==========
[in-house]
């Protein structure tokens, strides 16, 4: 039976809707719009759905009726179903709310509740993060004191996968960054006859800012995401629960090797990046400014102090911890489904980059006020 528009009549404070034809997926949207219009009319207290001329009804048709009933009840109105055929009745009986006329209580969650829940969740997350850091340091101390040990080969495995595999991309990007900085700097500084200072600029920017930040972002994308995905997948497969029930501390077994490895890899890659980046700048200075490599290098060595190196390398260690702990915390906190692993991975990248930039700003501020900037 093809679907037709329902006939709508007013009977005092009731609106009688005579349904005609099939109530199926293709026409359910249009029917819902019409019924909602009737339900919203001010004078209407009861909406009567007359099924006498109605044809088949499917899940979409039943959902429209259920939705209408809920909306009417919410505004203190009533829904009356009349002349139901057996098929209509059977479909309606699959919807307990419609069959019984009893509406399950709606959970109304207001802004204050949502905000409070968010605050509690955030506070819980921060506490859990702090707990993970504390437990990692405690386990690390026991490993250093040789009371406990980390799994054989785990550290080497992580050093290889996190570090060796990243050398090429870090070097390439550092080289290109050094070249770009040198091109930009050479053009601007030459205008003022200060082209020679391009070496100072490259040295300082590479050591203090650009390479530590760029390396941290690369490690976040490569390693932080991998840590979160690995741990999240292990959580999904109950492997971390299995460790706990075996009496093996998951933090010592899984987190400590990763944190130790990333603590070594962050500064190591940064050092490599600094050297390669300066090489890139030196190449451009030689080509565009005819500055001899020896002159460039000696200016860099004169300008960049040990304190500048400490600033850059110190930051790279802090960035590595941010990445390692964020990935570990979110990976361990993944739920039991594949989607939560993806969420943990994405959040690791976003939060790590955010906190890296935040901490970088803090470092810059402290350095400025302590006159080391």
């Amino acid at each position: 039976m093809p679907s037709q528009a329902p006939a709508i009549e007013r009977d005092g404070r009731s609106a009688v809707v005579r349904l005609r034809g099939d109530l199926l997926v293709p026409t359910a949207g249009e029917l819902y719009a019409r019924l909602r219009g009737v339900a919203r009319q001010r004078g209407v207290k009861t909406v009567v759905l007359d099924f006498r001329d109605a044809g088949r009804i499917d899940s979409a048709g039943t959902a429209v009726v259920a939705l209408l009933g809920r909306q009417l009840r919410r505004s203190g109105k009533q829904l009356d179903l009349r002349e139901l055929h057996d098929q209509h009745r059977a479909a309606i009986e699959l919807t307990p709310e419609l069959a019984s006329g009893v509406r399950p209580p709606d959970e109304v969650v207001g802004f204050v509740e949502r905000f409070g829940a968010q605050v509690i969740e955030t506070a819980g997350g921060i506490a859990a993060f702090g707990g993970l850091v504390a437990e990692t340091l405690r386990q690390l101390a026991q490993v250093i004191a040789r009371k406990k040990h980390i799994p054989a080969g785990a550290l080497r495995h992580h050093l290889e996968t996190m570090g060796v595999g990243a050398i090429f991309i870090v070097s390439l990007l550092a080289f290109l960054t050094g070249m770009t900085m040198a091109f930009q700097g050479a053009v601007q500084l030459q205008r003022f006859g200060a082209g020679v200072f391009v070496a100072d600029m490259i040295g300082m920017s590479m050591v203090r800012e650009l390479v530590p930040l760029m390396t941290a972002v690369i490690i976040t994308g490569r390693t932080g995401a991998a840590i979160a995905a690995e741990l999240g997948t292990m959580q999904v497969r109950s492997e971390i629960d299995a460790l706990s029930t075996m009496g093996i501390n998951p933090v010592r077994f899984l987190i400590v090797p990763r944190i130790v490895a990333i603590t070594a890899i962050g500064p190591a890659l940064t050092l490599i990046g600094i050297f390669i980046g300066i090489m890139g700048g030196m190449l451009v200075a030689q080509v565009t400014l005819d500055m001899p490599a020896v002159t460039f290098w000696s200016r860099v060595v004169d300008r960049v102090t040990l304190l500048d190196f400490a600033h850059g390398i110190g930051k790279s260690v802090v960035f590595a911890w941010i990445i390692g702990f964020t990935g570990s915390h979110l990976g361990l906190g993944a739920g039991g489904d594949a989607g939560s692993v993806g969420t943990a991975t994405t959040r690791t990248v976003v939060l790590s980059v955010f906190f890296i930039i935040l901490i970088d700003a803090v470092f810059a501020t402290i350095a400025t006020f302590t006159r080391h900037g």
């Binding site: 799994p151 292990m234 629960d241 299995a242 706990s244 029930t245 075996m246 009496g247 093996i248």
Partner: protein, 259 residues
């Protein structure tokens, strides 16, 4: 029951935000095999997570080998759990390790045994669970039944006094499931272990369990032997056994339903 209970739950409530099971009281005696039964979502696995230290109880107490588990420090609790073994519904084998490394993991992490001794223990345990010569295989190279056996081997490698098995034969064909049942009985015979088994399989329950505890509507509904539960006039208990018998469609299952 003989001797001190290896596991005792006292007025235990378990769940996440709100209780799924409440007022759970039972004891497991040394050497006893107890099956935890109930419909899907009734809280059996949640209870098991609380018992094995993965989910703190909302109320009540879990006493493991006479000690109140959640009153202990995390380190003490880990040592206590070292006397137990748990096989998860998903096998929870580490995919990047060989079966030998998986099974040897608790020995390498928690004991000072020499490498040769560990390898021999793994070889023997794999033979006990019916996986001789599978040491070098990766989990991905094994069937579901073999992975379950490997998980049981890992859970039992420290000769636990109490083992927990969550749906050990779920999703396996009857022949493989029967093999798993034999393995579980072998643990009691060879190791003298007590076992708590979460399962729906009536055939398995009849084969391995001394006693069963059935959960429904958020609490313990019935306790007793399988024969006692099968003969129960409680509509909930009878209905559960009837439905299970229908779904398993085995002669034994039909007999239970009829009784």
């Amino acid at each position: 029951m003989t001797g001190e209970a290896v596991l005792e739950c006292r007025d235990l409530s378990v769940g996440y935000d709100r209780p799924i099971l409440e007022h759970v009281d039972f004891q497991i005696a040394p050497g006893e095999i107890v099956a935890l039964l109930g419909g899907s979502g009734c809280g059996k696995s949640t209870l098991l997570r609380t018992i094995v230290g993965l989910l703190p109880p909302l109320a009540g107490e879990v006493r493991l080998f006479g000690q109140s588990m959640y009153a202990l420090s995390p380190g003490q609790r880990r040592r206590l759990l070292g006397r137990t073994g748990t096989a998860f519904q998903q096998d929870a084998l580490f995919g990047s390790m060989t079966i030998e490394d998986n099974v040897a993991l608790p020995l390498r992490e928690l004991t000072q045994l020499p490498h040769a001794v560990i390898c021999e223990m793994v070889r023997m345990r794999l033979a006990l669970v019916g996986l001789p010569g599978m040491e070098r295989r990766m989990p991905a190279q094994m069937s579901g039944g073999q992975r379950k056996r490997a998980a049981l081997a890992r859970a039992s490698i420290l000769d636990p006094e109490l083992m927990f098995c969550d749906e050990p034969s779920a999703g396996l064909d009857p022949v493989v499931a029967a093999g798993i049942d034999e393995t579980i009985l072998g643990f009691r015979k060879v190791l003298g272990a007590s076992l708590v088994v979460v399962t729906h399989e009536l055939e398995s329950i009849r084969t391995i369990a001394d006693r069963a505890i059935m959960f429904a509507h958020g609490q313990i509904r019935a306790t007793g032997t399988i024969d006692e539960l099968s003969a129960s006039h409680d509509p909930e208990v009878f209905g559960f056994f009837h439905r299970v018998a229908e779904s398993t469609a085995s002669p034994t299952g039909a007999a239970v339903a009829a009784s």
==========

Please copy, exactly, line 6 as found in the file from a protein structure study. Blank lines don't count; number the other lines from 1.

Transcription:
């Protein structure tokens, strides 16, 4: 029951935000095999997570080998759990390790045994669970039944006094499931272990369990032997056994339903 209970739950409530099971009281005696039964979502696995230290109880107490588990420090609790073994519904084998490394993991992490001794223990345990010569295989190279056996081997490698098995034969064909049942009985015979088994399989329950505890509507509904539960006039208990018998469609299952 003989001797001190290896596991005792006292007025235990378990769940996440709100209780799924409440007022759970039972004891497991040394050497006893107890099956935890109930419909899907009734809280059996949640209870098991609380018992094995993965989910703190909302109320009540879990006493493991006479000690109140959640009153202990995390380190003490880990040592206590070292006397137990748990096989998860998903096998929870580490995919990047060989079966030998998986099974040897608790020995390498928690004991000072020499490498040769560990390898021999793994070889023997794999033979006990019916996986001789599978040491070098990766989990991905094994069937579901073999992975379950490997998980049981890992859970039992420290000769636990109490083992927990969550749906050990779920999703396996009857022949493989029967093999798993034999393995579980072998643990009691060879190791003298007590076992708590979460399962729906009536055939398995009849084969391995001394006693069963059935959960429904958020609490313990019935306790007793399988024969006692099968003969129960409680509509909930009878209905559960009837439905299970229908779904398993085995002669034994039909007999239970009829009784």